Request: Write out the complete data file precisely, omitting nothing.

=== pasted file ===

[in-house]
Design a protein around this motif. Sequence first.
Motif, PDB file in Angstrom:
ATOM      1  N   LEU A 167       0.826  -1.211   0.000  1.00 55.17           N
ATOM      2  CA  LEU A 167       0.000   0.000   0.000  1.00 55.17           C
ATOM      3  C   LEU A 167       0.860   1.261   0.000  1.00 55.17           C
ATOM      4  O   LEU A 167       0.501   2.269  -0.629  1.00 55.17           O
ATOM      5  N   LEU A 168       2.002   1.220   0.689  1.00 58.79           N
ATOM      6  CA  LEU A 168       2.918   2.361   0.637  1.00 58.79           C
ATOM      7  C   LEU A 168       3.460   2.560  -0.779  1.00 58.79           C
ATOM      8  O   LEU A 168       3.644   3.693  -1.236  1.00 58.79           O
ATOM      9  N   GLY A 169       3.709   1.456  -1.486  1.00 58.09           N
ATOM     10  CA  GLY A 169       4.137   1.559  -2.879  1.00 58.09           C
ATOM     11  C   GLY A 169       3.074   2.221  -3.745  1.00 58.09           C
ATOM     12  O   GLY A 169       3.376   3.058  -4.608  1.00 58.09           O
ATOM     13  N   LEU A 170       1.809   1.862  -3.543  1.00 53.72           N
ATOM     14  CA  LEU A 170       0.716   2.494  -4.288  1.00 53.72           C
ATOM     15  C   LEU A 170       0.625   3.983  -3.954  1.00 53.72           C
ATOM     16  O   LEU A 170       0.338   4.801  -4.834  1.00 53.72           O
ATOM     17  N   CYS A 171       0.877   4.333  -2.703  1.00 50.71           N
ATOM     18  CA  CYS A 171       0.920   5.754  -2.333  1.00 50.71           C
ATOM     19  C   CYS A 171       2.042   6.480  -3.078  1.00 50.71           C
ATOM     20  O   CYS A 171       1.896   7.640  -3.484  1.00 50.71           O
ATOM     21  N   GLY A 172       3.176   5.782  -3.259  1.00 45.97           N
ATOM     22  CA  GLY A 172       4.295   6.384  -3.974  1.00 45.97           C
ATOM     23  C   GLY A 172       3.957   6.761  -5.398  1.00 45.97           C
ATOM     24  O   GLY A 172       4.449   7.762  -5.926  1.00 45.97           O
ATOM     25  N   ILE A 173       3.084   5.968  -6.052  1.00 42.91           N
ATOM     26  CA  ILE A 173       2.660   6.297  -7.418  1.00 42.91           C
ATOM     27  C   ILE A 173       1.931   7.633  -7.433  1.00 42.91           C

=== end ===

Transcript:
[in-house]
Design a protein around this motif. Sequence first.
Motif, PDB file in Angstrom:
ATOM      1  N   LEU A 167       0.826  -1.211   0.000  1.00 55.17           N
ATOM      2  CA  LEU A 167       0.000   0.000   0.000  1.00 55.17           C
ATOM      3  C   LEU A 167       0.860   1.261   0.000  1.00 55.17           C
ATOM      4  O   LEU A 167       0.501   2.269  -0.629  1.00 55.17           O
ATOM      5  N   LEU A 168       2.002   1.220   0.689  1.00 58.79           N
ATOM      6  CA  LEU A 168       2.918   2.361   0.637  1.00 58.79           C
ATOM      7  C   LEU A 168       3.460   2.560  -0.779  1.00 58.79           C
ATOM      8  O   LEU A 168       3.644   3.693  -1.236  1.00 58.79           O
ATOM      9  N   GLY A 169       3.709   1.456  -1.486  1.00 58.09           N
ATOM     10  CA  GLY A 169       4.137   1.559  -2.879  1.00 58.09           C
ATOM     11  C   GLY A 169       3.074   2.221  -3.745  1.00 58.09           C
ATOM     12  O   GLY A 169       3.376   3.058  -4.608  1.00 58.09           O
ATOM     13  N   LEU A 170       1.809   1.862  -3.543  1.00 53.72           N
ATOM     14  CA  LEU A 170       0.716   2.494  -4.288  1.00 53.72           C
ATOM     15  C   LEU A 170       0.625   3.983  -3.954  1.00 53.72           C
ATOM     16  O   LEU A 170       0.338   4.801  -4.834  1.00 53.72           O
ATOM     17  N   CYS A 171       0.877   4.333  -2.703  1.00 50.71           N
ATOM     18  CA  CYS A 171       0.920   5.754  -2.333  1.00 50.71           C
ATOM     19  C   CYS A 171       2.042   6.480  -3.078  1.00 50.71           C
ATOM     20  O   CYS A 171       1.896   7.640  -3.484  1.00 50.71           O
ATOM     21  N   GLY A 172       3.176   5.782  -3.259  1.00 45.97           N
ATOM     22  CA  GLY A 172       4.295   6.384  -3.974  1.00 45.97           C
ATOM     23  C   GLY A 172       3.957   6.761  -5.398  1.00 45.97           C
ATOM     24  O   GLY A 172       4.449   7.762  -5.926  1.00 45.97           O
ATOM     25  N   ILE A 173       3.084   5.968  -6.052  1.00 42.91           N
ATOM     26  CA  ILE A 173       2.660   6.297  -7.418  1.00 42.91           C
ATOM     27  C   ILE A 173       1.931   7.633  -7.433  1.00 42.91           C